• The smartphone is powered by Qualcomm’s Snapdragon 855 64-bit octa-core processor paired with 12 GB RAM and 512 GB internal storage.
  • The 3.5mm headphone jack is nowhere to be found.

Wondering about the crease? “The phone ships un-folded—but fold it even once and that crease becomes pretty easy to spot if you’re looking,” iFixit adds.

I like the idea behind the Fold, but actual execution leaves a lot to be desired. The entire thing is just too bulky—just look at that obscene hinge! I’m also disliking the fact that the screen doesn’t fold completely flat. iFixit writes that the Fold closes more like a binder than a book, making contact only at the outer edge, and it’s completely true.

The Fold is too bulky and doesn’t even fold properly

The mobile industry’s first mainstream foldable device was slated to make its US debit this coming Friday with a price tag of nearly $2,000 but the South Korean firm, citing the problems reported by reviewers, delayed the rollout until at least next month. The company will announce a new release date for the Fold in the coming weeks.

“We are conducting a thorough inspection into the issues reported by some of the reviewers of early Galaxy Fold samples,” a Samsung spokeswoman said. “We will share the findings as soon as we have them.”

Many tech reviewers have praised Samsung for doing the right thing by delaying this phone until all of the issues have been fixed, but some observers beg to differ, like Daring Fireball’s John Gruber who opined that this is a sign of deep dysfunction within Samsung.

Somewhere along the line Samsung decided it was good enough to ship as a $2,000 device. To function at all, it requires a plastic screen protector that numerous reviewers assumed was meant to be peeled off. And they decided that was fine.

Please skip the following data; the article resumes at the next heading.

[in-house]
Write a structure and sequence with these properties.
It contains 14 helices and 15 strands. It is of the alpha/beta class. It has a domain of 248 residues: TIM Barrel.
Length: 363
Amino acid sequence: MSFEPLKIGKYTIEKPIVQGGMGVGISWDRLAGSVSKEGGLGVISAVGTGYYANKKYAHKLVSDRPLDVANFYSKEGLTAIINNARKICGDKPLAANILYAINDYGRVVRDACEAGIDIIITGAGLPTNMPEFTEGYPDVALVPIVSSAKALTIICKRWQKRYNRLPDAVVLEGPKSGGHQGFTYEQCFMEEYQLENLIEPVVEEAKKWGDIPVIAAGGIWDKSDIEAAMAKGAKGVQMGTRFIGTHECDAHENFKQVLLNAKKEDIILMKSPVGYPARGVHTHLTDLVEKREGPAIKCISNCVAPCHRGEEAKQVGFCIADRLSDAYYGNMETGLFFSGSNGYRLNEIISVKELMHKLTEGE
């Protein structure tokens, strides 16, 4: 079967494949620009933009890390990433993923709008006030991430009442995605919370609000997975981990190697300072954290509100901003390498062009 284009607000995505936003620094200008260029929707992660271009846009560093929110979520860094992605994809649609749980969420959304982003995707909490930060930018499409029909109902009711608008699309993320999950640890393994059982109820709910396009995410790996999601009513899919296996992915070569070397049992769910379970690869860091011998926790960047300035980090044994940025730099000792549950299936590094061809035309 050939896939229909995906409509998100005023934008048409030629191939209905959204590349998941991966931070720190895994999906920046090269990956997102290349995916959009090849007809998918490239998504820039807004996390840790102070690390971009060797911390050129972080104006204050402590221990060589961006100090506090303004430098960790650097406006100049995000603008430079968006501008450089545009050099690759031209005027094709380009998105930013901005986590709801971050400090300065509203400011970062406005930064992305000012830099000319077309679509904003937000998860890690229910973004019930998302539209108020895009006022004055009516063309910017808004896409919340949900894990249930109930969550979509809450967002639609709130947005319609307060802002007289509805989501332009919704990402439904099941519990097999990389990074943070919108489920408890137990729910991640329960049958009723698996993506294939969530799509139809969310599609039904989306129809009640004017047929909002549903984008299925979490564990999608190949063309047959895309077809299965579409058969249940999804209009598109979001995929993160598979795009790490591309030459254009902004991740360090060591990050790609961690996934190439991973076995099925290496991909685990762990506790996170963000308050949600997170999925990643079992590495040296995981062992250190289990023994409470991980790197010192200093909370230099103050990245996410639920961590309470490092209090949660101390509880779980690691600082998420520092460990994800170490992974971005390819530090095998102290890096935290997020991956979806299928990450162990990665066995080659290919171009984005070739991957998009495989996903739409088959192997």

But the whole thing is so unreliable that the folding aspect completely breaks after a day or two of normal use. It’s not just that some minor aspect of it breaks—it’s the aspect that is the central reason behind the device in the first place. It’s a folding phone that breaks at the hinge.

It’s flatly ridiculous that they shipped these units to reviewers and intended to start selling them to customers this week. Either they knew about the problems and went ahead with shipping anyway or they didn’t know.

I’m guessing they knew, in the sense that their quality control team flagged the issues and their concerns were ignored by a marketing team obsessed with being first to market with a folding phone, but if anything, it’d be worse if they weren’t even aware of the problem.

The more I think about it the more obvious it seems that at some level of the company, they knew the Fold didn’t work. Engineering, production, quality control. They had to know. And either that message didn’t make its way up the chain, or it was ignored.

Samsung, of course, is the company that had a multi-billion recall for the exploding Note 7.

Here’s hoping they figure out a way to seal up that hinge.

What do you make of iFixit’s findings?

Let us know by leaving a comment down below.